A sample of six or fewer discharged residents were selected per sample home resulting in an overall sample of 6,023 discharged residents. The Discharged Resident Questionnaire (DRQ) collected data on the discharged residents' demographic characteristics (including age, sex, race, Hispanic origin, and marital status), their discharge diagnoses, and the discharge destinations of live discharges, whether or not the resident had difficulty in controlling his/her bowel and whether he/she was bedfast or chairfast during the seven days prior to being discharged from the nursing home. Also obtained was information on the primary sources of payment for the month of discharge (although unlike in the CRQ, no charge data were obtained on the discharged residents). All of these above data items provide continuity with similar data obtained in the 1977 NNHS.

New to the 1985 discharged resident component of the NNHS are data items on the primary diagnoses of discharged residents at admission, categorical information on prior living arrangements immediately preceding admission, and primary source of payment data for the month of admission. Also new were questions on the discharged resident's history of other stays in the sample and other nursing homes, including dates of admission and discharge, and the total number of homes in which the discharged resident had been a resident patient. These questions' data will begin to provide some evidence of patterns of nursing home utilization over a lengthier period of time than a single stay in a single nursing home.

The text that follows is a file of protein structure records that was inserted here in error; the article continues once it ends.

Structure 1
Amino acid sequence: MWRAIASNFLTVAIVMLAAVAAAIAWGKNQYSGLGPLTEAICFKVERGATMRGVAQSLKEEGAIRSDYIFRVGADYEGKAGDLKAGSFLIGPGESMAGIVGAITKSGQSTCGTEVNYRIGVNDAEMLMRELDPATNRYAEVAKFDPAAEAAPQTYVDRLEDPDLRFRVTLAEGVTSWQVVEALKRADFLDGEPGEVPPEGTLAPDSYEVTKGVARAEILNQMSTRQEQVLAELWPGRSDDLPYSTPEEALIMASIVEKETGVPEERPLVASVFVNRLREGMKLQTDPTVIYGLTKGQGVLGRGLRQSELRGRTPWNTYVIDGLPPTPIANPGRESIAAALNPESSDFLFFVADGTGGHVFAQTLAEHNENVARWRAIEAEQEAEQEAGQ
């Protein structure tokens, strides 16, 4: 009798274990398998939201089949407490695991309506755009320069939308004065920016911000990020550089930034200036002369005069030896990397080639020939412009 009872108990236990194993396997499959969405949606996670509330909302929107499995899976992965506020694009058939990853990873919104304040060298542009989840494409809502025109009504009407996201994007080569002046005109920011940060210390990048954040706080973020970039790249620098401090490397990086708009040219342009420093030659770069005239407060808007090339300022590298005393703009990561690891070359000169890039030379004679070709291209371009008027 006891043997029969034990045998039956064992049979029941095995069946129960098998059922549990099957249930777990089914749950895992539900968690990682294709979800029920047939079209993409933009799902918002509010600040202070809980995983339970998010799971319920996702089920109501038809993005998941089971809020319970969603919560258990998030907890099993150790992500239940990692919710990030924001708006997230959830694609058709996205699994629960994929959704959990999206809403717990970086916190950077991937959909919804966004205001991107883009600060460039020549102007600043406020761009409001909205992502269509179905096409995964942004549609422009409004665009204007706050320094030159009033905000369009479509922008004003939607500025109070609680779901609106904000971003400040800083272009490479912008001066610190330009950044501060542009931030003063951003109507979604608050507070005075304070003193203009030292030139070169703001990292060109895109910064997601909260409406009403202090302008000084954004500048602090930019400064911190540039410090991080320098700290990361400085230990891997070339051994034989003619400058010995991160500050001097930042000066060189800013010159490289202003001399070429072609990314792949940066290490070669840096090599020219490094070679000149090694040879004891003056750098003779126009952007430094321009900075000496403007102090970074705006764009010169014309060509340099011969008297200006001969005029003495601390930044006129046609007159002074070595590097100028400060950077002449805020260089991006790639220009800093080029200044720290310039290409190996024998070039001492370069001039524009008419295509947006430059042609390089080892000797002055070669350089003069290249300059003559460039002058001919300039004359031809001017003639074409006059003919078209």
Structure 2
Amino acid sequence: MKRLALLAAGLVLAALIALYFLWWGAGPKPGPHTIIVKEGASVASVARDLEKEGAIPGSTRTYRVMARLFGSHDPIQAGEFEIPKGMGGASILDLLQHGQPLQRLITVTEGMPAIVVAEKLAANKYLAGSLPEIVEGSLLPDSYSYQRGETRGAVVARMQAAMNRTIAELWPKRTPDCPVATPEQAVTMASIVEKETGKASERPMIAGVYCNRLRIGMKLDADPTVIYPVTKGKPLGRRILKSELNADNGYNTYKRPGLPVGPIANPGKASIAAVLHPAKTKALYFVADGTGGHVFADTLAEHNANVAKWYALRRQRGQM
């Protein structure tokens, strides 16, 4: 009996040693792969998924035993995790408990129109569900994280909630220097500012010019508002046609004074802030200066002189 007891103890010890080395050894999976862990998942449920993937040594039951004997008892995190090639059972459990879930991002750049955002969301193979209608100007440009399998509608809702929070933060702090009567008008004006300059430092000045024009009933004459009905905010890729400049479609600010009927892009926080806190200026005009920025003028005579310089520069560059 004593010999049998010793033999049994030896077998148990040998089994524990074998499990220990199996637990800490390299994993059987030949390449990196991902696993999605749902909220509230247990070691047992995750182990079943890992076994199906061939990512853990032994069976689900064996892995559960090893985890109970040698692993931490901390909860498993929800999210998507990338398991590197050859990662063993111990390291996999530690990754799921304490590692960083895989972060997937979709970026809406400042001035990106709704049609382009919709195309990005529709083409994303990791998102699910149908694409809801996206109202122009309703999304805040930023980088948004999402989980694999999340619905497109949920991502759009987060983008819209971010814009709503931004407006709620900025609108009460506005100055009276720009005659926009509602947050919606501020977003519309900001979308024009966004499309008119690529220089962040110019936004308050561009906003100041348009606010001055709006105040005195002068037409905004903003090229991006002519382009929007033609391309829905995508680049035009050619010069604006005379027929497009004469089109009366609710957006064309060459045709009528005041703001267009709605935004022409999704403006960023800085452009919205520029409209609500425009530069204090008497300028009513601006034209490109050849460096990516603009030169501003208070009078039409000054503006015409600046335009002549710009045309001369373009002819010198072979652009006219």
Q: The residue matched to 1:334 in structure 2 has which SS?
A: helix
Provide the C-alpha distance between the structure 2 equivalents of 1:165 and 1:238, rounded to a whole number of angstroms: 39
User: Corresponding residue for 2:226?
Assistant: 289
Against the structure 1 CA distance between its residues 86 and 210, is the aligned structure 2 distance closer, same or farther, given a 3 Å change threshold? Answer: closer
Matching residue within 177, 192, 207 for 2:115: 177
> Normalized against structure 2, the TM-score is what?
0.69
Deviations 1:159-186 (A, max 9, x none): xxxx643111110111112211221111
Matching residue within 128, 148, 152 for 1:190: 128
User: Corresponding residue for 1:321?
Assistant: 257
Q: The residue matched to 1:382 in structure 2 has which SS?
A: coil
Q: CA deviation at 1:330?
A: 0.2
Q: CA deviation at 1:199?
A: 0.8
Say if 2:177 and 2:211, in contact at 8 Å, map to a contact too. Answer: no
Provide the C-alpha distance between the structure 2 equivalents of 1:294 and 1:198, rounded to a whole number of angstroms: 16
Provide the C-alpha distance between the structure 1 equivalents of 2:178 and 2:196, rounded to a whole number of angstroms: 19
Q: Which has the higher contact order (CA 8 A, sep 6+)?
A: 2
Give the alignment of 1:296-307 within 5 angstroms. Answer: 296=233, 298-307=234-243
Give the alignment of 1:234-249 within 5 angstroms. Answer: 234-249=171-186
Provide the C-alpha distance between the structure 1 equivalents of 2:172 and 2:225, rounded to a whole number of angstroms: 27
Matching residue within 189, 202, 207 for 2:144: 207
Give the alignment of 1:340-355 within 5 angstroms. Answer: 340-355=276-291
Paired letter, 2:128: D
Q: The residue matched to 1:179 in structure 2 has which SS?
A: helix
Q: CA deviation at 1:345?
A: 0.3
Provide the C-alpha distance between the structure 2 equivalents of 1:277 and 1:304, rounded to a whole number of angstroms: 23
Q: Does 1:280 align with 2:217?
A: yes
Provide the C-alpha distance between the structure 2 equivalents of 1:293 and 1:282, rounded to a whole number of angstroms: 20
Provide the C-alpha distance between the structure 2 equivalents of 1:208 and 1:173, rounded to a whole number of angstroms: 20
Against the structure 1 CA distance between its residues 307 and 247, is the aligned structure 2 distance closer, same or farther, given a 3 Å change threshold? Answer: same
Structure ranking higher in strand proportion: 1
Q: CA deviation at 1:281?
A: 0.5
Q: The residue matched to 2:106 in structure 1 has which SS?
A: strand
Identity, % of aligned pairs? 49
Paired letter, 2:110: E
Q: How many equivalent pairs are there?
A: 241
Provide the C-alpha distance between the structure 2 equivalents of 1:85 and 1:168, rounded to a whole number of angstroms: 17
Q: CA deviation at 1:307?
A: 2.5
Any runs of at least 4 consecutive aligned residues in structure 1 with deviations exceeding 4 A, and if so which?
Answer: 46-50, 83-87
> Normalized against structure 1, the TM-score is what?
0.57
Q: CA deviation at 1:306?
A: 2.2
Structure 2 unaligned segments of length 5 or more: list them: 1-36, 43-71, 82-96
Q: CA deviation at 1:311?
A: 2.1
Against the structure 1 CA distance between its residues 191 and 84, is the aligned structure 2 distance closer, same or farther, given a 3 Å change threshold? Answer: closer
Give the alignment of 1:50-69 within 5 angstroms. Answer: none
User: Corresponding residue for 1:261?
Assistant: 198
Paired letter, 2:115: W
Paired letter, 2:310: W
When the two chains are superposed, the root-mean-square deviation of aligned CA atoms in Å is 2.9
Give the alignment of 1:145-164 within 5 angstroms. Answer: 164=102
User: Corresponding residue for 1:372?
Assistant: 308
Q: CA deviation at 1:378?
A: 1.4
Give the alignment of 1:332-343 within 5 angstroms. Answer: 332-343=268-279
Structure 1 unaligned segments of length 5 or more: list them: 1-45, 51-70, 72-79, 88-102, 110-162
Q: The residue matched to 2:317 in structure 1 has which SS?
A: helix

I have a limited number of copies of the 1985 Discharge Resident Questionnaires available for anyone who would like to peruse them after the session today. I will be open for other questions on the DRQ of the 1985 NNHS also at that time.

Publications from the discharged resident component of the 1985 NNHS will include an Advancedata report, scheduled to be released later this summer, and a Series 13 report to be released in 1988.